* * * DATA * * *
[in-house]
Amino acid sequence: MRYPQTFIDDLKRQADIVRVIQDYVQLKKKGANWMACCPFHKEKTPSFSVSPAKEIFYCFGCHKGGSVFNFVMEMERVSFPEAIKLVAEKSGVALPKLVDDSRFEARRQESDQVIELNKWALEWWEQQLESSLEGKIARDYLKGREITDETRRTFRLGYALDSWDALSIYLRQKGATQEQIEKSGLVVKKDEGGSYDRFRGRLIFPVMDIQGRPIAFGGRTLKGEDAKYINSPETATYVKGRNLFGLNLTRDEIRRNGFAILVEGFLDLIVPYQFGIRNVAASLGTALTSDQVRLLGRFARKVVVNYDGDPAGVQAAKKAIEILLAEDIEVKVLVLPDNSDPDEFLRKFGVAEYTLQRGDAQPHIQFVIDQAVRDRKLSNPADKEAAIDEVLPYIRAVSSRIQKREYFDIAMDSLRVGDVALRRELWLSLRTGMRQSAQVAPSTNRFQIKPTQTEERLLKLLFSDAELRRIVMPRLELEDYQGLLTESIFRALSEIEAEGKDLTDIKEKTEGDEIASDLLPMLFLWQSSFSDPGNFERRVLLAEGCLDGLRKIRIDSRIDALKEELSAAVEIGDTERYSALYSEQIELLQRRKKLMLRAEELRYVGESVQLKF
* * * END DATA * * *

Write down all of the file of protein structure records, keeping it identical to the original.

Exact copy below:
[in-house]
Amino acid sequence: MRYPQTFIDDLKRQADIVRVIQDYVQLKKKGANWMACCPFHKEKTPSFSVSPAKEIFYCFGCHKGGSVFNFVMEMERVSFPEAIKLVAEKSGVALPKLVDDSRFEARRQESDQVIELNKWALEWWEQQLESSLEGKIARDYLKGREITDETRRTFRLGYALDSWDALSIYLRQKGATQEQIEKSGLVVKKDEGGSYDRFRGRLIFPVMDIQGRPIAFGGRTLKGEDAKYINSPETATYVKGRNLFGLNLTRDEIRRNGFAILVEGFLDLIVPYQFGIRNVAASLGTALTSDQVRLLGRFARKVVVNYDGDPAGVQAAKKAIEILLAEDIEVKVLVLPDNSDPDEFLRKFGVAEYTLQRGDAQPHIQFVIDQAVRDRKLSNPADKEAAIDEVLPYIRAVSSRIQKREYFDIAMDSLRVGDVALRRELWLSLRTGMRQSAQVAPSTNRFQIKPTQTEERLLKLLFSDAELRRIVMPRLELEDYQGLLTESIFRALSEIEAEGKDLTDIKEKTEGDEIASDLLPMLFLWQSSFSDPGNFERRVLLAEGCLDGLRKIRIDSRIDALKEELSAAVEIGDTERYSALYSEQIELLQRRKKLMLRAEELRYVGESVQLKF